It took years for Danny to be told the medical explanation for that exhaustion – and yet it is by no means unique. While many of the physical and verbal problems are well known, “cognitive fatigue” is one of the most disabling symptoms of a range of neurological disorders – and an important barrier to recovering a more active life.
People with traumatic brain injury (TBI) commonly report problems with balance. Between 30% and 65% of people with TBI suffer from dizziness and disequilibrium (lack of balance while sitting or standing) at some point in their recovery. Dizziness includes symptoms such as lightheadedness, vertigo (the sensation that you or your surroundings are moving), and imbalance.How bad your balance problem is depends on many factors:How serious your brain injury is.Where in your brain you were injured.Other injuries you had along with your brain injury. For example, in a motor vehicle crash, you could suffer a TBI, cervical spine injury, and rib and leg fractures. All of these injuries will affect your ability to maintain your balance.Some medications used to manage the medical issues connected with the traumatic event or acciden
When the brain’s primary “learning center” is damaged, complex new neural circuits arise to compensate for the lost function, say life scientists from UCLA and Australia who have pinpointed the regions of the brain involved in creating those alternate pathways — often far from the damaged site. The research, conducted by UCLA’s Michael Fanselow and Moriel Zelikowsky in collaboration with Bryce Vissel, a group leader of the neuroscience research program at Sydney’s Garvan Institute of Medical Research, appears this week in the early online edition of the journal Proceedings of the National Academy of Sciences. The researchers found that parts of the prefrontal cortex take over when the hippocampus, the brain’s key center of learning and memory formation, is disabled. Their breakthrough discovery, the first demonstration of such neural-circuit plasticity, could potentially help scientists develop new treatments for Alzheimer’s disease, stroke and other conditions involving damage to the brain. For the study, Fanselow and Zelikowsky conducted laboratory experiments with rats showing that the rodents were able to learn new tasks even after damage to the hippocampus. While the rats needed more training than they would have normally, they nonetheless learned from their experiences — a surprising finding.
WHY IN THE NAME OF GOD, IS FOLLOW UP TREATMENT OF SUCH POOR AND MOSTLY NON EXISTENT QUALITY ? IF IT WEREN’T FOR THESE ARTICLES I WOULD HAVE DESPAIRED LONG AGO – LOST IN A WORLD WHICH HELD NO EXPLANATIONS FOR ME AT ALL.
No one talks about how people who have a brain injury also have pain everywhere. I mean, after a TBI, everything hurts. And when you ask doctors about it, they say it’s psychological. But it sure doesn’t feel that way. Why is this happening, and what can I do? Studies show that more than 50 percent of people suffer from chronic pain disorders in the years following a brain injury. Headaches and neuropathic (nerve-related) pain is most commonly from injury to the head and neck. Other common sources of pain include spasticity (increased muscle tension from brain injury), heterotopic ossification (bone forming outside the skeleton), deep venous thrombosis, genitourinary and gastrointestinal disorders, and orthopedic trauma (ie, fractures and other muscle and bone injuries). The head is the most common location of pain. Interestingly, people with milder brain injury have higher rates of complaints of headaches when compared to those with moderate and severe brain injury. The reason for the higher rates of headaches with milder severity brain injury is not well understood.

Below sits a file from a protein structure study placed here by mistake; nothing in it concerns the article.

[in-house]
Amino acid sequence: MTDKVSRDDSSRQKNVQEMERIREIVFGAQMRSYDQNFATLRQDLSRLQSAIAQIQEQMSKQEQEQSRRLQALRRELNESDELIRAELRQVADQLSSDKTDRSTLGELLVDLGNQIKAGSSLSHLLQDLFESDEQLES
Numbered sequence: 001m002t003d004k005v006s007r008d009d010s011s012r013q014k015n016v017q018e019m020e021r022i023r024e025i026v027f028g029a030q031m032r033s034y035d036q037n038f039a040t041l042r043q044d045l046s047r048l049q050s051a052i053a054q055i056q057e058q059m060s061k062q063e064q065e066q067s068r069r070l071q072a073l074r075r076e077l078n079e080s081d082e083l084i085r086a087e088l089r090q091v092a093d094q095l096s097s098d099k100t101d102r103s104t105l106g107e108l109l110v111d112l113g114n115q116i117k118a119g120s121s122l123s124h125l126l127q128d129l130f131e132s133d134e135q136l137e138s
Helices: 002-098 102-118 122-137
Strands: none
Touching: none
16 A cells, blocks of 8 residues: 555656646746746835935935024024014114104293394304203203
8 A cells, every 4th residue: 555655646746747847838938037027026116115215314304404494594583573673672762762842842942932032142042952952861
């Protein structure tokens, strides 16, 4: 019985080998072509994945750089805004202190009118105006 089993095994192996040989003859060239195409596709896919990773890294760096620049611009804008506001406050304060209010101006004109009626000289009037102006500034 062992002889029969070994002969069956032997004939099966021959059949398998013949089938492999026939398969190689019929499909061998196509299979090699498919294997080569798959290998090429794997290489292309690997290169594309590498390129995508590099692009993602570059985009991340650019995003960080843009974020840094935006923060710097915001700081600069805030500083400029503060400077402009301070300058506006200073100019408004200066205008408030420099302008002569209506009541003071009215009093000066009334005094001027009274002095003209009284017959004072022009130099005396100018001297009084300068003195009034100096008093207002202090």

ST. HELENA — Glancing into the rearview mirror, Peggy O’Kelly, owner of the St. Helena Olive Oil Co., saw a car behind her but thought little of it. The traffic ahead had stopped on Highway 29, a normal event. O’Kelly had noticed it and slowed to stop, but the driver behind her didn’t. When the vehicle crashed into hers, it was traveling at 45 mph, totaling her car and upending her life.When she awoke in the hospital doctors told her the external scratches and bruises would heal, but what they diagnosed as a minor concussion at the time still remains as a haunting reminder of the traumatic event.“After the accident doctors told me that I’d be fine with rest,” she said. “So I went home. I was busy with my business and was in the middle of negotiating a deal with investors to expand. But within a few days I knew something was really wrong. I just couldn’t think straight and I often felt emotional and unable to focus. Then one day I was driving with my daughters, and they said, ‘Mom, there’s something wrong with you, you’re not making any sense.’ That’s when I told myself, ‘I don’t care what these doctors are saying, there is something really, really wrong with me.’”After repeated visits, however, O’Kelly’s doctors assured her that the effects of the concussion would not last much longer and that she’d soon be back to normal. She waited and tried to carry on.Yet within a few months of the accident O’Kelly’s entire life had changed: She was forced to relinquish her downtown store in St. Helena and part with her longtime employees, and she was unable to complete her plans to expand the business, forgoing what had been a nearly completed investment deal. Bright light and even a few minutes of concentration had the potential to result in migraine-type headaches and intense fatigue. She remained undiagnosed and concerned.“With a brain injury it’s not like a broken bone,” said O’Kelly. “There’s no outward sign of the condition and so people just see you and think, ‘Well, you look fine, so things are OK.’ But they’re not. Not at all.”